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Court of Appeals of Texas, Waco.


No. 10-16-00346-CR

Decided: September 20, 2017

Before Chief Justice Gray, Justice Davis, and Justice Scoggins


The jury convicted Jermaud Bennett of the offense of possession of a controlled substance, cocaine. The trial court found the enhancement paragraphs to be true and assessed punishment at 55 years confinement and a $5000 fine. We affirm.

Sufficiency of Evidence

In the sole issue on appeal, Appellant argues that the evidence is insufficient to support his conviction. The Court of Criminal Appeals has expressed our standard of review of a sufficiency issue as follows:

In determining whether the evidence is legally sufficient to support a conviction, a reviewing court must consider all of the evidence in the light most favorable to the verdict and determine whether, based on that evidence and reasonable inferences therefrom, a rational fact finder could have found the essential elements of the crime beyond a reasonable doubt. Jackson v. Virginia, 443 U.S. 307, 318-19 (1979); Hooper v. State, 214 S.W.3d 9, 13 (Tex. Crim. App. 2007). This “familiar standard gives full play to the responsibility of the trier of fact fairly to resolve conflicts in the testimony, to weigh the evidence, and to draw reasonable inferences from basic facts to ultimate facts.” Jackson, 443 U.S. at 319. “Each fact need not point directly and independently to the guilt of the appellant, as long as the cumulative force of all the incriminating circumstances is sufficient to support the conviction.” Hooper, 214 S.W.3d at 13.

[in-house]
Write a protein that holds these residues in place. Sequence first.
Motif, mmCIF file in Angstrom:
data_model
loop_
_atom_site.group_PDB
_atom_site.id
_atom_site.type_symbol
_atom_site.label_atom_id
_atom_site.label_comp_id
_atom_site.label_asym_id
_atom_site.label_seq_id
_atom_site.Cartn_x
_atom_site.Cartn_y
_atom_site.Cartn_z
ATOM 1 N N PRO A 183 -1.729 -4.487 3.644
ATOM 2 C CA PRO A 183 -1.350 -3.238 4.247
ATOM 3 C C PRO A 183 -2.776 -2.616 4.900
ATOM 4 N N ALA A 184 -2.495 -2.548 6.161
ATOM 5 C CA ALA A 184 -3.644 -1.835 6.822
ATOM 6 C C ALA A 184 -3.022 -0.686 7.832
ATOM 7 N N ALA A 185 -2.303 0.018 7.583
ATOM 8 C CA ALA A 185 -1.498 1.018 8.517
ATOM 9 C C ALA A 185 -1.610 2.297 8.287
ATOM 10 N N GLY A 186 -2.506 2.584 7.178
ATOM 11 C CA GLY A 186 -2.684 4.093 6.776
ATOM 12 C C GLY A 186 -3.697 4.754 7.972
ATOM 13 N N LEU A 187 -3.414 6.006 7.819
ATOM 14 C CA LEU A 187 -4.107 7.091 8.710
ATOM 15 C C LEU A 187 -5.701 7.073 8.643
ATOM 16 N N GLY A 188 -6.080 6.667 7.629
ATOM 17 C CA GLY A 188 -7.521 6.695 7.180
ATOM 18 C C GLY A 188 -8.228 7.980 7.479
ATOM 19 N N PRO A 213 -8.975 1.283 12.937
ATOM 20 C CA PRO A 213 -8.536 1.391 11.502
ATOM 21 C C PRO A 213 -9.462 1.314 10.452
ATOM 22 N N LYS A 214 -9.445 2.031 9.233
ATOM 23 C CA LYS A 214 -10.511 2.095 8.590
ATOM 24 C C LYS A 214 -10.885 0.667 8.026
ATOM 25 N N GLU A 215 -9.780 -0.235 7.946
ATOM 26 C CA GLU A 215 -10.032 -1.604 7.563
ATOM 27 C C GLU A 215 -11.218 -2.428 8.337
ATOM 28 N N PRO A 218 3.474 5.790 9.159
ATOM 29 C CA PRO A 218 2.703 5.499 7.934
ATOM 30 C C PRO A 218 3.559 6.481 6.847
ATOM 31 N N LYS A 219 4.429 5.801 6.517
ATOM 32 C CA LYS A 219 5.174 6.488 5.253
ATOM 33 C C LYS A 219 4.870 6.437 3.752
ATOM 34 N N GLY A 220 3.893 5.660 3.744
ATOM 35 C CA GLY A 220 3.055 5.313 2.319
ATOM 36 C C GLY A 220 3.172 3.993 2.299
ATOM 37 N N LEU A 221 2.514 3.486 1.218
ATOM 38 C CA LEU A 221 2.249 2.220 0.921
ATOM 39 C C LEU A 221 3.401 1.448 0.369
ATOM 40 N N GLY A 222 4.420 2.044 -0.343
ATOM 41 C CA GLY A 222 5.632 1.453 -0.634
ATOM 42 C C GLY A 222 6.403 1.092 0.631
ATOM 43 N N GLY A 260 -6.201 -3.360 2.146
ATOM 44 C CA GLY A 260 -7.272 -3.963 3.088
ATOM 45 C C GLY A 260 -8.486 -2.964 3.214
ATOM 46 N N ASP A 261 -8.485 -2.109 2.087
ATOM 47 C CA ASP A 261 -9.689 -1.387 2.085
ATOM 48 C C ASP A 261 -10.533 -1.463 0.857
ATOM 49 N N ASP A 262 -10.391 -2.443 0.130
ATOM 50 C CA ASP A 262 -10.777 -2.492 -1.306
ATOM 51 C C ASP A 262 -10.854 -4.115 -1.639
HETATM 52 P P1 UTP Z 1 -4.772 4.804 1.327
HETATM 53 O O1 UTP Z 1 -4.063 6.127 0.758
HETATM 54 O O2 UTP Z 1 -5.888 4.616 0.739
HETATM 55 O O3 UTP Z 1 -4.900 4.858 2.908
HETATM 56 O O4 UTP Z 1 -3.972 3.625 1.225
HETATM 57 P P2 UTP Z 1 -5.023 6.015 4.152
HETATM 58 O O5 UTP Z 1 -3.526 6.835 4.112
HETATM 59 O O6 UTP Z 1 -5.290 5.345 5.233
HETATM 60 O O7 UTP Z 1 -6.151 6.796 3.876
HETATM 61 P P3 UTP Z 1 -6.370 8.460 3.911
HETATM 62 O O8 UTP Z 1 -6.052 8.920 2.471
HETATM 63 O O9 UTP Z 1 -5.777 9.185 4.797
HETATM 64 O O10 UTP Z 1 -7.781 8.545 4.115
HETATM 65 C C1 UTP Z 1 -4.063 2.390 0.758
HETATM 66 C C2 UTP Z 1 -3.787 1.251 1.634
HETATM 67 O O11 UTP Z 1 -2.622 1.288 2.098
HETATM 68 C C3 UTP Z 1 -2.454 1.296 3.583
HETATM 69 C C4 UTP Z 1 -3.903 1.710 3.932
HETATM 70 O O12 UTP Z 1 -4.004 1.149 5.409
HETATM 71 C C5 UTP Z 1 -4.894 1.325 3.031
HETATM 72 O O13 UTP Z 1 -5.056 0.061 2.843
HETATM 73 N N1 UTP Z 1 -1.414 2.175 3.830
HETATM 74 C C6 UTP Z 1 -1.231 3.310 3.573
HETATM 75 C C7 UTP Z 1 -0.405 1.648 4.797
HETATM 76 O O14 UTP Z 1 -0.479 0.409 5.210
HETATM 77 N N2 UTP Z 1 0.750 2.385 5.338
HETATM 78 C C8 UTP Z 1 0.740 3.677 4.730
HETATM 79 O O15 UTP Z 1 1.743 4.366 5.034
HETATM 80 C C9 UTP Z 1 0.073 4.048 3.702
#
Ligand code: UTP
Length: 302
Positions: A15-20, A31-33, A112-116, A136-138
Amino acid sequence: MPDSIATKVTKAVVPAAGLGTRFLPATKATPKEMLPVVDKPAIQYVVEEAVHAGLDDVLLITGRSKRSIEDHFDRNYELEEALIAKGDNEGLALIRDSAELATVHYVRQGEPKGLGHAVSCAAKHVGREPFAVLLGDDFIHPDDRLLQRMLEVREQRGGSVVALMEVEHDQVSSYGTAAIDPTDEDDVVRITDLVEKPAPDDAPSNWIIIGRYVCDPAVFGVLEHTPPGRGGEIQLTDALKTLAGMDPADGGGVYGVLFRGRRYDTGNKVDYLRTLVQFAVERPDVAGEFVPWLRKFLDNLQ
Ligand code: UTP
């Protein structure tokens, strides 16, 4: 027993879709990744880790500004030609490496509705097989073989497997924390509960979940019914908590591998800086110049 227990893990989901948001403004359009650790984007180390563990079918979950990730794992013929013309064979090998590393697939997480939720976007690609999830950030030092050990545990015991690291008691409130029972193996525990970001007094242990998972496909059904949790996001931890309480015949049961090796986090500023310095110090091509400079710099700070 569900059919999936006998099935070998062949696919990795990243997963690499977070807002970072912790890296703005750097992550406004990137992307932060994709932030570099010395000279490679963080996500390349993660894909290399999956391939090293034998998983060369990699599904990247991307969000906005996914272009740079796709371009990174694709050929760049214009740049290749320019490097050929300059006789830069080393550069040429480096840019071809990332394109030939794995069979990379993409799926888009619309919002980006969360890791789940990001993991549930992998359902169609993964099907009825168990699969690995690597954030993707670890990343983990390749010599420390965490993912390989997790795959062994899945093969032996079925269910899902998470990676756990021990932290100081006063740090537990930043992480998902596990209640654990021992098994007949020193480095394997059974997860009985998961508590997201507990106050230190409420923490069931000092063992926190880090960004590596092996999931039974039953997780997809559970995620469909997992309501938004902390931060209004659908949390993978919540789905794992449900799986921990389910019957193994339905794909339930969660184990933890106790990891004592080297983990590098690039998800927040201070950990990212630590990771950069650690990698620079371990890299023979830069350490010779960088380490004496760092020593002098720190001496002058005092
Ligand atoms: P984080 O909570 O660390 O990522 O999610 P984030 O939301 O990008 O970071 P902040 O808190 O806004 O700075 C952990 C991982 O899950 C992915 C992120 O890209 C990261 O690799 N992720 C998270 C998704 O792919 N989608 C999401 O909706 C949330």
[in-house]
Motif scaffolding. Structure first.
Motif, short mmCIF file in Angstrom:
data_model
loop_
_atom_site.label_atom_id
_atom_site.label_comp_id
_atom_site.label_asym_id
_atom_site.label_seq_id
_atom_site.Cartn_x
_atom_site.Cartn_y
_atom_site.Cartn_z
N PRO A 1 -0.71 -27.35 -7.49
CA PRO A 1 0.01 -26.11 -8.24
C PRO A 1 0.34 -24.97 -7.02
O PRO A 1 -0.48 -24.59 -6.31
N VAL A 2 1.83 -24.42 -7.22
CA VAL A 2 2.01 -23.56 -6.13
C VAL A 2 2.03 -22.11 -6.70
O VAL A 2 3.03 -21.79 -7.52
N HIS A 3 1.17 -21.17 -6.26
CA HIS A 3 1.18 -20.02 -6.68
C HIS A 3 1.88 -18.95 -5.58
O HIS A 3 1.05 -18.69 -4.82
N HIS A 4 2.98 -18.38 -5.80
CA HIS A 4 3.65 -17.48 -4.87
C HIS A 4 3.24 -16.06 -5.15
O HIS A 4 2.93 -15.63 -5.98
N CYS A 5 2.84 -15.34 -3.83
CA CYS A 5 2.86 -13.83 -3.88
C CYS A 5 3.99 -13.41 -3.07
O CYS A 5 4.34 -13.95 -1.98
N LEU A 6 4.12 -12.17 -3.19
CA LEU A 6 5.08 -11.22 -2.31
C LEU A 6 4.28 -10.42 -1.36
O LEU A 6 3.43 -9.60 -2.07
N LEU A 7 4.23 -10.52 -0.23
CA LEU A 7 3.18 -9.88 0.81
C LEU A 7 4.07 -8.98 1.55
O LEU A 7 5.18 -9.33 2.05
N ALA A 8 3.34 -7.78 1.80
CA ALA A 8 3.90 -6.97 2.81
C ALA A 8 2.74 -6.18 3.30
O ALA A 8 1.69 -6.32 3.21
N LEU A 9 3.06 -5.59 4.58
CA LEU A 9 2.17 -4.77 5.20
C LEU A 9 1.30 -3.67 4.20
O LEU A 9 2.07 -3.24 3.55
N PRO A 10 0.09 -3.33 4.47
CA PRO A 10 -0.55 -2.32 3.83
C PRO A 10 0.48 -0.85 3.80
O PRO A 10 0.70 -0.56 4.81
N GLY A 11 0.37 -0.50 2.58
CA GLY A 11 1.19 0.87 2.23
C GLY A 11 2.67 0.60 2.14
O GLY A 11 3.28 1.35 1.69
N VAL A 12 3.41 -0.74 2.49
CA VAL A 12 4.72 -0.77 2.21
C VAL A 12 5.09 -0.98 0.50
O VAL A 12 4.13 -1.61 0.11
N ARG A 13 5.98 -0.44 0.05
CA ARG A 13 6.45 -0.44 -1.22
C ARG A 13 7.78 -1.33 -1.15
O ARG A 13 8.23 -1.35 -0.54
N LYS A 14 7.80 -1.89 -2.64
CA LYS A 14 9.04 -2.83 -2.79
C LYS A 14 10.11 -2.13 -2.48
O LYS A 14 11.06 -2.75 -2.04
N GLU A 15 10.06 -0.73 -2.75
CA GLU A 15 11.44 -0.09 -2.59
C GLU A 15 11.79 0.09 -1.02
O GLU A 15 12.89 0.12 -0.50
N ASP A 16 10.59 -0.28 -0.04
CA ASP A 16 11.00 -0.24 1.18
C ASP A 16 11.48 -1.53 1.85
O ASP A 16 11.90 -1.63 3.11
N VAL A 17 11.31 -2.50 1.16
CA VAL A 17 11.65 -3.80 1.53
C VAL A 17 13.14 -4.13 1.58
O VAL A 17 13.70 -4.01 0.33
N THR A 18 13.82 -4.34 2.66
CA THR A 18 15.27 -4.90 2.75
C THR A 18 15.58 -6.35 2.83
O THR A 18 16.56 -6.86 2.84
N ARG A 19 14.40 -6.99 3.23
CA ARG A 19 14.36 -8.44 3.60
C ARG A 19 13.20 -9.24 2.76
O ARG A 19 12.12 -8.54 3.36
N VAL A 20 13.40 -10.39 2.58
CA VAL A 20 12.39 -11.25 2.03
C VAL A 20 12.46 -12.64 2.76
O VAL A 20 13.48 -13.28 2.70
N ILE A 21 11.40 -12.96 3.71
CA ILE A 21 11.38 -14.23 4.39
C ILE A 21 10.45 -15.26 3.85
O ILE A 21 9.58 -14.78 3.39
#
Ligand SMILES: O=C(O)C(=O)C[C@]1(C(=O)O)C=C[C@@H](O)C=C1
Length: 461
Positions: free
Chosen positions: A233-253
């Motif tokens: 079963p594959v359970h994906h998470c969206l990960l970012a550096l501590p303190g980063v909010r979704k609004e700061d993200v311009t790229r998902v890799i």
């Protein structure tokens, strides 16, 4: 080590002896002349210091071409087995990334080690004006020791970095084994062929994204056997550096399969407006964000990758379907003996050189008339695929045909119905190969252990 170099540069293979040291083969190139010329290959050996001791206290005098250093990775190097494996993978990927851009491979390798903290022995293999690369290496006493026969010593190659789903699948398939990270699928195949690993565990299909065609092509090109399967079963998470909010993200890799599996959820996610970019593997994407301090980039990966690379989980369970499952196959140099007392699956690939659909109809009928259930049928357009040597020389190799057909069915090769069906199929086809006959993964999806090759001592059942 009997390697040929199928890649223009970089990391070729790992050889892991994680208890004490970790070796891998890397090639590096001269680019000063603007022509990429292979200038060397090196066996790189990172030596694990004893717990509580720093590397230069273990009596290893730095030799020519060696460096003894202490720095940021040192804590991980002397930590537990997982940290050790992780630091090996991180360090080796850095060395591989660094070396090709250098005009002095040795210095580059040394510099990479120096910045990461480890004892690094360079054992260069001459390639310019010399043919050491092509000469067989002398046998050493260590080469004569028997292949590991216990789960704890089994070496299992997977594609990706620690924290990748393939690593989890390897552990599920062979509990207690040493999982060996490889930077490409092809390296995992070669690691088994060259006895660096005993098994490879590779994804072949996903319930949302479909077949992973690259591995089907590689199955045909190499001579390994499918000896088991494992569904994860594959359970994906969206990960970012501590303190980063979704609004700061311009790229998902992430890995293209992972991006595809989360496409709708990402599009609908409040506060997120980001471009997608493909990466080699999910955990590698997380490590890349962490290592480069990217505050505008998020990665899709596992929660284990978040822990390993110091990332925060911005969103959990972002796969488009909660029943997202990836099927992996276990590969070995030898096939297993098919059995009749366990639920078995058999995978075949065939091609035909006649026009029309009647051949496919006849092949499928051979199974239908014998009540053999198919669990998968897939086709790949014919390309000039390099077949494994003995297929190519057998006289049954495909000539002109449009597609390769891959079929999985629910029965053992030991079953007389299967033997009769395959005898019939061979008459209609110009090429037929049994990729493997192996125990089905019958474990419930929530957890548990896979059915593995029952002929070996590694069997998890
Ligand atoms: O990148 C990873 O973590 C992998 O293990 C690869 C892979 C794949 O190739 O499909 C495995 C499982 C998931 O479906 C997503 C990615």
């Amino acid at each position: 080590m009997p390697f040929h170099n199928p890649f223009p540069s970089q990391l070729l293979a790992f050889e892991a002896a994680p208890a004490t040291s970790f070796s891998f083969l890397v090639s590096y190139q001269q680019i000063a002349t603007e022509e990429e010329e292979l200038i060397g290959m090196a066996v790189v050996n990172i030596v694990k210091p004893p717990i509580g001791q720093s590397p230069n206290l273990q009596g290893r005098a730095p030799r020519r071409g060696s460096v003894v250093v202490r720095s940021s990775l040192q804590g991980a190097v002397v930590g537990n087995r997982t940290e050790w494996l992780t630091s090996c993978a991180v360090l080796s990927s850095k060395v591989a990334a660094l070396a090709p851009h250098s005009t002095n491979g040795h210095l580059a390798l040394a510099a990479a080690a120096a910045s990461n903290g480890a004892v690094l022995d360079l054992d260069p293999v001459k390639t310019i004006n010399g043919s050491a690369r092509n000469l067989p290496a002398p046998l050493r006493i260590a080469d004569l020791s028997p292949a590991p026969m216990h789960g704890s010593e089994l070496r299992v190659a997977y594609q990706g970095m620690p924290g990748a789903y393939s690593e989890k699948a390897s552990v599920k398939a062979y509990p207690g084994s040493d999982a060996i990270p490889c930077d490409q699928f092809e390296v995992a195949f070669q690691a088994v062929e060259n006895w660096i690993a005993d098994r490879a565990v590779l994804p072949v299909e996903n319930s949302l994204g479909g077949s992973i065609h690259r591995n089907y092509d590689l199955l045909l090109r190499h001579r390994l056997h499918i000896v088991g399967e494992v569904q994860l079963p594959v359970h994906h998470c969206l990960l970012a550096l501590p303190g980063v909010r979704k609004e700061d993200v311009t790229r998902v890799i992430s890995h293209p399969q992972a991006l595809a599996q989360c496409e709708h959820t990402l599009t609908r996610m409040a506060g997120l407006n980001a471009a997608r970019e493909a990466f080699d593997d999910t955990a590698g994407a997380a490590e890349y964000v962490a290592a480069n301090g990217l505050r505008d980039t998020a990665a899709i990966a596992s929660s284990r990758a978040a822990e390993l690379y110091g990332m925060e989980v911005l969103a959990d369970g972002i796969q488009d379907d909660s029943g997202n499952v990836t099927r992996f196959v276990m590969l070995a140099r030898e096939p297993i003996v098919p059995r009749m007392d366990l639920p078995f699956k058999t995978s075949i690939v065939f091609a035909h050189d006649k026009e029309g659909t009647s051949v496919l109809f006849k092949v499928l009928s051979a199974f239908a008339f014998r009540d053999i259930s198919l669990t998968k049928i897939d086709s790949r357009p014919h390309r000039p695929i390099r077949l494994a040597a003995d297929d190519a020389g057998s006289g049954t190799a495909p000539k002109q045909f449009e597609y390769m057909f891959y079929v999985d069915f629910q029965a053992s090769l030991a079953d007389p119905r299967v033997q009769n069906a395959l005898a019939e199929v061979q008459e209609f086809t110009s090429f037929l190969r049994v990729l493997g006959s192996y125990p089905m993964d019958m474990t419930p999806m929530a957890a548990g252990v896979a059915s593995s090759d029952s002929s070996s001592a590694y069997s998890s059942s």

Lucio v. State, 351 S.W.3d 878, 894 (Tex. Crim. App. 2011), cert den'd, 132 S.Ct. 2712, 183 L.Ed.2d 71 (2012).

The Court of Criminal Appeals has also explained that our review of “all of the evidence” includes evidence that was properly and improperly admitted. Conner v. State, 67 S.W.3d 192, 197 (Tex. Crim. App. 2001). And if the record supports conflicting inferences, we must presume that the factfinder resolved the conflicts in favor of the prosecution and therefore defer to that determination. Jackson v. Virginia, 443 U.S. 307, 326, 99 S. Ct. 2781, 61 L. Ed. 2d 560 (1979). Further, direct and circumstantial evidence are treated equally: “Circumstantial evidence is as probative as direct evidence in establishing the guilt of an actor, and circumstantial evidence alone can be sufficient to establish guilt.” Hooper v. State, 214 S.W.3d 9, 13 (Tex. Crim. App. 2007). Finally, it is well established that the factfinder is entitled to judge the credibility of witnesses and can choose to believe all, some, or none of the testimony presented by the parties. Chambers v. State, 805 S.W.2d 459, 461 (Tex. Crim. App. 1991).